Indeed, part of the reason this temporality is so fundamental to Lacan’s conception of the signifying chain is that it allows for the centrality of repetition in the process of signification and deferral. That is, each instance of signification, each manifest signifier, only repeats the action of deferral and flight that extends back to the infant’s first use of language to articulate the binary between presence and absence actualised in the coming and going of his or her mother (whether actual or as symbolised in the father’s inaugural interdiction). As a result of the felt need to articulate the alternating absence and presence of his or her mother, the infant breaks down his or her relation to her into two categories, making her absence a present feature of the symbolic world into which he or she has just stumbled. This ascription of a signifier to hold the place of an absent object by marking its real absence with a symbolic presence is profoundly formative, as it boomerangs back on the subject when he or she discovers that he or she has forgone the full effectiveness of his or her identification with his or her mother in the very process of naming her. By distinguishing between the mother’s presence and absence, the infant thus creates a binary of primal symbolisation that instantaneously removes the immediately experienced body and being of the mother (as an object in the world) to an irretrievable distance. Henceforth, even when the mother is present to the infant, she will always also be partly absent by virtue of her representation in the symbolic order. The infant undergoes the trauma of entering the symbolic order in the primal moment at which he or she (driven by the father’s prohibitory "No" – see below) names absence as something that can be given content and presence (however illusory). This revelation also introduces, however, the fact that presence is always haunted by absence, a feature which is perpetually highlighted through the symbolic order’s insistence on supplying a signifier that (however arbitrarily) marks the incompleteness of all presence –marks it, indeed, as merely a mask for absence. The endless deferral and ephemerality of all signification thus characterises the infant’s relation to not only the mother, but to all other objects in the world, naturalising alienation as an existential condition since all such relations are part of that perceptual apparatus that is always already organised by the process of symbolisation.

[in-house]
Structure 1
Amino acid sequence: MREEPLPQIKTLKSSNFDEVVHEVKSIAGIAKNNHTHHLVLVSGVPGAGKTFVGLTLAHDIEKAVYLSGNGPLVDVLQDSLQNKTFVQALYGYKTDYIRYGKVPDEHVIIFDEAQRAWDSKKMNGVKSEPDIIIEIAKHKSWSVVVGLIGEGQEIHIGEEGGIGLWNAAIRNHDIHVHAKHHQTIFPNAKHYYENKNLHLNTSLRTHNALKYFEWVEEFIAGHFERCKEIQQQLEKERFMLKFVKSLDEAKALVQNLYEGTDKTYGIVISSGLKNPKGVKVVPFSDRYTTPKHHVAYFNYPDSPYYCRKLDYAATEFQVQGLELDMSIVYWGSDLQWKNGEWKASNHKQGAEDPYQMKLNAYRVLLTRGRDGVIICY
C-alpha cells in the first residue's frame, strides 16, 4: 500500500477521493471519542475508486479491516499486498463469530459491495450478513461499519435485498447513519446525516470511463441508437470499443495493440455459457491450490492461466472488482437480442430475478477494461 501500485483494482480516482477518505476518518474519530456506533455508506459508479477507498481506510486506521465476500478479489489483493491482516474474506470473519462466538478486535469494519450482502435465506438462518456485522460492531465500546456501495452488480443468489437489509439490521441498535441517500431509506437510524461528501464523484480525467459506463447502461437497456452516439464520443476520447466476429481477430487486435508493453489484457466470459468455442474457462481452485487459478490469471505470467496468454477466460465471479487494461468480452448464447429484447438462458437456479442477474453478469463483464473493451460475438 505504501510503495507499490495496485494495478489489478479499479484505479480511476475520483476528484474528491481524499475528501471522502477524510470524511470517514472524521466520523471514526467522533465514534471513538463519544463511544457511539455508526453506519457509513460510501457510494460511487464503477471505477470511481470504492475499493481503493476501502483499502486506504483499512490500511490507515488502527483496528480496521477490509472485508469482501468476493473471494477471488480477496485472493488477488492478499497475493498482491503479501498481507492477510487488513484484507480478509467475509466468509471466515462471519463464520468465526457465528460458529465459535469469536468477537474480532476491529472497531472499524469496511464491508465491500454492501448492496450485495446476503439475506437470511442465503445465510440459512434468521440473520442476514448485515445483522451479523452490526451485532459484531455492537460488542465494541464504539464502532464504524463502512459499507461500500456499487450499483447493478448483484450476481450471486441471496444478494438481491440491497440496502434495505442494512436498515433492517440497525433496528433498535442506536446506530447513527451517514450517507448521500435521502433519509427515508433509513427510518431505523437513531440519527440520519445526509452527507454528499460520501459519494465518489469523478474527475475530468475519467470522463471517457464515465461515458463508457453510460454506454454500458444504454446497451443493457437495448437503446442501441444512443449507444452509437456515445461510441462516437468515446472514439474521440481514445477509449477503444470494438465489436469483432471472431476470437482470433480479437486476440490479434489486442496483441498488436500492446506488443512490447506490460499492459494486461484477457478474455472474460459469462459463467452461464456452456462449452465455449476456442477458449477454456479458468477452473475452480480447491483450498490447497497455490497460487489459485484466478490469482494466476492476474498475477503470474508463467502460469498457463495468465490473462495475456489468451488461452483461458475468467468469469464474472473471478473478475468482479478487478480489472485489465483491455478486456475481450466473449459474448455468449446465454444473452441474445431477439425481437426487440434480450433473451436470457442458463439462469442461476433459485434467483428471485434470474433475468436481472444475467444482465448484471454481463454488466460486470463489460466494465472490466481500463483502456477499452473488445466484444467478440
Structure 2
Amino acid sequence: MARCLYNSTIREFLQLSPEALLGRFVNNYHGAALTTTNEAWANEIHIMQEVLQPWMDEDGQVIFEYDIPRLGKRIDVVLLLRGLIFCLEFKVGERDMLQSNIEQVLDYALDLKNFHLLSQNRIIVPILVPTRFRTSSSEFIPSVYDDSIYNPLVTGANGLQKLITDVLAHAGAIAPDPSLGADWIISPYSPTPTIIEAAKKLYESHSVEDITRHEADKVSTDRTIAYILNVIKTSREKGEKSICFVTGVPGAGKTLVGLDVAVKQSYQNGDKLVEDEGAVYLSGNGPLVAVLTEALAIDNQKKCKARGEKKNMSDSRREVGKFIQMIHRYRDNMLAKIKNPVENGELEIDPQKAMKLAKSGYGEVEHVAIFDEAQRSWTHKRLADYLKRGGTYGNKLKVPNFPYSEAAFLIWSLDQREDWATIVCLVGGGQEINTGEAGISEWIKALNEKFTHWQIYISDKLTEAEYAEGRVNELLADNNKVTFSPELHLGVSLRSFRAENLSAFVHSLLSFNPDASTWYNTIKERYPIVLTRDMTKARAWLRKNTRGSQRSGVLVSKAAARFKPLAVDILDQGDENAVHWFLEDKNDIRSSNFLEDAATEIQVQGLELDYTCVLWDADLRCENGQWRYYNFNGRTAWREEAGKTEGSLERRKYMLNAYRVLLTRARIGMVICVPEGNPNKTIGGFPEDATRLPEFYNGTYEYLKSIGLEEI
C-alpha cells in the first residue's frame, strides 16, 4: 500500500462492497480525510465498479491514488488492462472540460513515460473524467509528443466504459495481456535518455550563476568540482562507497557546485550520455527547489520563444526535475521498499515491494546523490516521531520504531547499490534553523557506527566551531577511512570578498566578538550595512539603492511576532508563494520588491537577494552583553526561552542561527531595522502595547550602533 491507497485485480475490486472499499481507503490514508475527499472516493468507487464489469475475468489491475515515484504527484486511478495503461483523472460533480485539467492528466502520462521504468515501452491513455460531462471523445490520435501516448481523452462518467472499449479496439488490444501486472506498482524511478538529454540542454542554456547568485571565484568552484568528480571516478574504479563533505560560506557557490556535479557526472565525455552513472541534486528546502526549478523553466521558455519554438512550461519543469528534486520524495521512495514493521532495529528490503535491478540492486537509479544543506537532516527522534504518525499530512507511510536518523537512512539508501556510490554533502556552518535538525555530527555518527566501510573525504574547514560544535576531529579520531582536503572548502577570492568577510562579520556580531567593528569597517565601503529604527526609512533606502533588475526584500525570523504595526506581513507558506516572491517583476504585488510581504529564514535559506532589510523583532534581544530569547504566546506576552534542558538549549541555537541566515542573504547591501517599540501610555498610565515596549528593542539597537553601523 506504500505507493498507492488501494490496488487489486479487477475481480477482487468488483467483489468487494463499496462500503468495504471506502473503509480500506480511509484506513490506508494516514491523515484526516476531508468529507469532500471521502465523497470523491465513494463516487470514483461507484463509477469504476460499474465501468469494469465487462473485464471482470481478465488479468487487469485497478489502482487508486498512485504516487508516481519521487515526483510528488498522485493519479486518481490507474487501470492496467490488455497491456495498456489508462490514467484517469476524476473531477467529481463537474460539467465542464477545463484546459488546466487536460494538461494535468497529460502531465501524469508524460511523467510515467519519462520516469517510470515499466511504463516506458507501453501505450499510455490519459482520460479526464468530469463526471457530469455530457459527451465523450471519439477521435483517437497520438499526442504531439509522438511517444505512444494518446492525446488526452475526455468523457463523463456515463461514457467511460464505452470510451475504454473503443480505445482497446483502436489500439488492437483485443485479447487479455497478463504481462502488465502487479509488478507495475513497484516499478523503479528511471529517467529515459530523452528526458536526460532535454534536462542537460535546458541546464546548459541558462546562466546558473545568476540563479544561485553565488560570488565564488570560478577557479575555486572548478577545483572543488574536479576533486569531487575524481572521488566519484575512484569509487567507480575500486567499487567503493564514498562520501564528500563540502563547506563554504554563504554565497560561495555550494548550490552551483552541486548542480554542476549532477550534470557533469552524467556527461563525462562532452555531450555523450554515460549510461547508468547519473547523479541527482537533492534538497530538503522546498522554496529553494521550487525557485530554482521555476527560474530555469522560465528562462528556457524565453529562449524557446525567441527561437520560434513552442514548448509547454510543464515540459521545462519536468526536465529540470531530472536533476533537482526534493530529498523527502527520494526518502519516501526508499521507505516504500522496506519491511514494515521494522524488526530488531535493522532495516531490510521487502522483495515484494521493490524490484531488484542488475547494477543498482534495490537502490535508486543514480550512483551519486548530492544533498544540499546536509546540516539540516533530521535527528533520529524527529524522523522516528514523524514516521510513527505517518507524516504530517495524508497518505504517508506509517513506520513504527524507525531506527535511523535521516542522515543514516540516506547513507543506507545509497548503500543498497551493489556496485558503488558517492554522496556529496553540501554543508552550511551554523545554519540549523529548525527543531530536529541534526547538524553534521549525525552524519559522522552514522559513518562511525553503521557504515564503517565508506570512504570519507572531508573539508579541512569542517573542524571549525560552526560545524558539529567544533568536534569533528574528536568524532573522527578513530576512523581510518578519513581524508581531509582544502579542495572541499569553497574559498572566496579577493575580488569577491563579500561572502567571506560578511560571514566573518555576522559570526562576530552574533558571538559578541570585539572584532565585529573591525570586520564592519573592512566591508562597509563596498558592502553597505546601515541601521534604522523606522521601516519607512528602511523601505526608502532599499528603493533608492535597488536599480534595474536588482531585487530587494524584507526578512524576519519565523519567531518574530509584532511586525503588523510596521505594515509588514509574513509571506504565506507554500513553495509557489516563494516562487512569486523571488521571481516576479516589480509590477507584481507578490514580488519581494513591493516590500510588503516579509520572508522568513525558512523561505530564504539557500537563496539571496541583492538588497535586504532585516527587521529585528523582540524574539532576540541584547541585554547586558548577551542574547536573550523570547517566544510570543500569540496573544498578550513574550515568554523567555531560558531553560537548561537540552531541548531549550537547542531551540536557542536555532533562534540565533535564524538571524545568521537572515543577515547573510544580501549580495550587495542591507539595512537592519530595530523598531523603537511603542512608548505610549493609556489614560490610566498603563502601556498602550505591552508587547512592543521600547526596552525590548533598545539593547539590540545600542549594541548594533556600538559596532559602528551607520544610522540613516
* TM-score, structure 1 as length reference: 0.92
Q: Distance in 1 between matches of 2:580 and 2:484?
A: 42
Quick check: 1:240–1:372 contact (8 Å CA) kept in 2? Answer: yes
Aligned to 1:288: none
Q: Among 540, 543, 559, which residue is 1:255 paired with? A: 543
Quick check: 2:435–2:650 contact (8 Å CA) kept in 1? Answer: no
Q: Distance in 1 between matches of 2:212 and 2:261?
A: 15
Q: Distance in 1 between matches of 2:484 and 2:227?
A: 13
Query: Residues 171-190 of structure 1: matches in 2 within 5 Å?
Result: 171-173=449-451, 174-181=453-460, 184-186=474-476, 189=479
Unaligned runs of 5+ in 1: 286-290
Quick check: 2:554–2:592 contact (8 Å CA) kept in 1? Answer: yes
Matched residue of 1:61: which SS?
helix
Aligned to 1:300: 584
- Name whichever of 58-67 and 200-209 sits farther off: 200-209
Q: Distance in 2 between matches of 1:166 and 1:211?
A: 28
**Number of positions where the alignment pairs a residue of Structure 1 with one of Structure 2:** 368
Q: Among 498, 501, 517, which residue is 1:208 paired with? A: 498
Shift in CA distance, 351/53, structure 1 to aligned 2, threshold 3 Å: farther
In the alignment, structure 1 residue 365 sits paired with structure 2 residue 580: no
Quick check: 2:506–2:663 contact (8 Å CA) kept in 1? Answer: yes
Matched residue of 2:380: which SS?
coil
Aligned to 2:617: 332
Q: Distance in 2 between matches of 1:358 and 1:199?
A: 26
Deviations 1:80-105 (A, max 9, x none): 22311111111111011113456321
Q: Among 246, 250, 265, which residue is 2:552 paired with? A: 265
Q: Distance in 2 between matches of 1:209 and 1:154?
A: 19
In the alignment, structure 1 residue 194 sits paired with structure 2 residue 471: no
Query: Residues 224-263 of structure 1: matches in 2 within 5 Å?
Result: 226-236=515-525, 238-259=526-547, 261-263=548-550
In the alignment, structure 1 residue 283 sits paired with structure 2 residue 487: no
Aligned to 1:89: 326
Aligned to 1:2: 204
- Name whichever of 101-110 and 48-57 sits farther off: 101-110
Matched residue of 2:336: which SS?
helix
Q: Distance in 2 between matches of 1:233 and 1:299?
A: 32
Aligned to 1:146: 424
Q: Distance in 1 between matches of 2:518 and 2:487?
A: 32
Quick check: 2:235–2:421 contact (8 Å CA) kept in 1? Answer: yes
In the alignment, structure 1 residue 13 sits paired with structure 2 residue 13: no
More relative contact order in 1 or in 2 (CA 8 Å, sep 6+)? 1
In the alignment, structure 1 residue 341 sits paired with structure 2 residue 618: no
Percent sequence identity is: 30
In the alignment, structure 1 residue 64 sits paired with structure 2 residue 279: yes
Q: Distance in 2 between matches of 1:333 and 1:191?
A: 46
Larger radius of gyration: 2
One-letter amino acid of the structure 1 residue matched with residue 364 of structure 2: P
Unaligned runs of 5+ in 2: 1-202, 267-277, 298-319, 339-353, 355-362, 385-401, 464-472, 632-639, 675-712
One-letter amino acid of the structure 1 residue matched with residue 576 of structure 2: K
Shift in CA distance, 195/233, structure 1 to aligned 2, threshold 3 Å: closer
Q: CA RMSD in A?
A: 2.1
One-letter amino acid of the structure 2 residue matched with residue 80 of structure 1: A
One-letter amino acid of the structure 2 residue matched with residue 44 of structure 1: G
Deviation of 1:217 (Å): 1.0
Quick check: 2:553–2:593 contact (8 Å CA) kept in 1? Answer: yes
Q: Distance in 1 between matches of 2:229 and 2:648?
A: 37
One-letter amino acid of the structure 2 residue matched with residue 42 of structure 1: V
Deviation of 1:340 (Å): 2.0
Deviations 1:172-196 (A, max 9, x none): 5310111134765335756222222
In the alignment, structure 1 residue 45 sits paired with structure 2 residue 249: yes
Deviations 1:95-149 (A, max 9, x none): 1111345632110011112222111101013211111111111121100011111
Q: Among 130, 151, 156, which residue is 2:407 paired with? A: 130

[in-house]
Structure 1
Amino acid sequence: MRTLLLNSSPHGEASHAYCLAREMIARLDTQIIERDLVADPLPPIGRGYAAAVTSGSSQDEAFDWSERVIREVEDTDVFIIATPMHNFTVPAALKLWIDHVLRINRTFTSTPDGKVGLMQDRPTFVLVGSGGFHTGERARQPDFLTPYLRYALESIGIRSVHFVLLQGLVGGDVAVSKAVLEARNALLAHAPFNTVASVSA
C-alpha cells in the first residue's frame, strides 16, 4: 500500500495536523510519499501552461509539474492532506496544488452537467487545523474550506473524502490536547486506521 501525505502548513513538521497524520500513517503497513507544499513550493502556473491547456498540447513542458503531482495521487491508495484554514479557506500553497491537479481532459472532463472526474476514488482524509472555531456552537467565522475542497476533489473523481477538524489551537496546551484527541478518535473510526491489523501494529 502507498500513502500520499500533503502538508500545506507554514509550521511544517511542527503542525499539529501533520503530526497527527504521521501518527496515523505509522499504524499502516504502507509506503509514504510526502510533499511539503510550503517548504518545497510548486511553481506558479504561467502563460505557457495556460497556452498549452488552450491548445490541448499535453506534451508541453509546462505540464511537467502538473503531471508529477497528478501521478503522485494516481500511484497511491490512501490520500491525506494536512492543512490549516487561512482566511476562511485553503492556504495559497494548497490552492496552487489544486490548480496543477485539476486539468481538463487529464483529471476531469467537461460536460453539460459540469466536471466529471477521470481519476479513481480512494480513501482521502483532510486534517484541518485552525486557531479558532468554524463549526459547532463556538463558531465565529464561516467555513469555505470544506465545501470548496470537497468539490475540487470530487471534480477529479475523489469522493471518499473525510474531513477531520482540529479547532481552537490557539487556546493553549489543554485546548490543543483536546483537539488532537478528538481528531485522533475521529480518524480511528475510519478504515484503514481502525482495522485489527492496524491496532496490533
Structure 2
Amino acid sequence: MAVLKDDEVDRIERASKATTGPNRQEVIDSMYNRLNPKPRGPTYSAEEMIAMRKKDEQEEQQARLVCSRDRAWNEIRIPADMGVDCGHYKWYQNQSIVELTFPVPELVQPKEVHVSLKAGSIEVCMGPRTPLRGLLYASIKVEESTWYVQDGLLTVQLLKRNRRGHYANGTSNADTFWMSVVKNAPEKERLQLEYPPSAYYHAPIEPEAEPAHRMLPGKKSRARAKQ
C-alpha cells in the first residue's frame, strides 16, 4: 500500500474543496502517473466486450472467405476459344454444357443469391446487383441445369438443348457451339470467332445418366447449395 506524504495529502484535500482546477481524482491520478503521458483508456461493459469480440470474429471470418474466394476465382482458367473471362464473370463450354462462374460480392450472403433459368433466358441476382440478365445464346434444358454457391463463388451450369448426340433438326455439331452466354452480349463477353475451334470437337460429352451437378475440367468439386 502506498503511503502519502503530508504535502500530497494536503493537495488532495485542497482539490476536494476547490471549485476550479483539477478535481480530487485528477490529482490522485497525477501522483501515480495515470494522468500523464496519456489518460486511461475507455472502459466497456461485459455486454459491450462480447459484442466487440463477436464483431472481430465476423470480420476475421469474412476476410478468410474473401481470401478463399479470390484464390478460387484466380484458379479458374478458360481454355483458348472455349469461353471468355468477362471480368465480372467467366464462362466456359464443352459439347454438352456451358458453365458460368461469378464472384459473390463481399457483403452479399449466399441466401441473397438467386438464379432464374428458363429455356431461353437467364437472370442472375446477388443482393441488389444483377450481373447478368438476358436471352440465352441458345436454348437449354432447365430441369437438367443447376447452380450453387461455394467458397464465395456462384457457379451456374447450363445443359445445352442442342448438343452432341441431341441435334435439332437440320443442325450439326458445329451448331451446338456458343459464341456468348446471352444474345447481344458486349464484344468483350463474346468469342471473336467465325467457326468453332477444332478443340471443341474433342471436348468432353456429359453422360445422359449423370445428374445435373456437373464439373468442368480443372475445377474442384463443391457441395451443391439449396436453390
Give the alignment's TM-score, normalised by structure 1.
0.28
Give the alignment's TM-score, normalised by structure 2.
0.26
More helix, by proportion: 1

The term 'signifying chain' is used by Jacques Lacan (from the mid-1950s on) in reference to the symbolic order.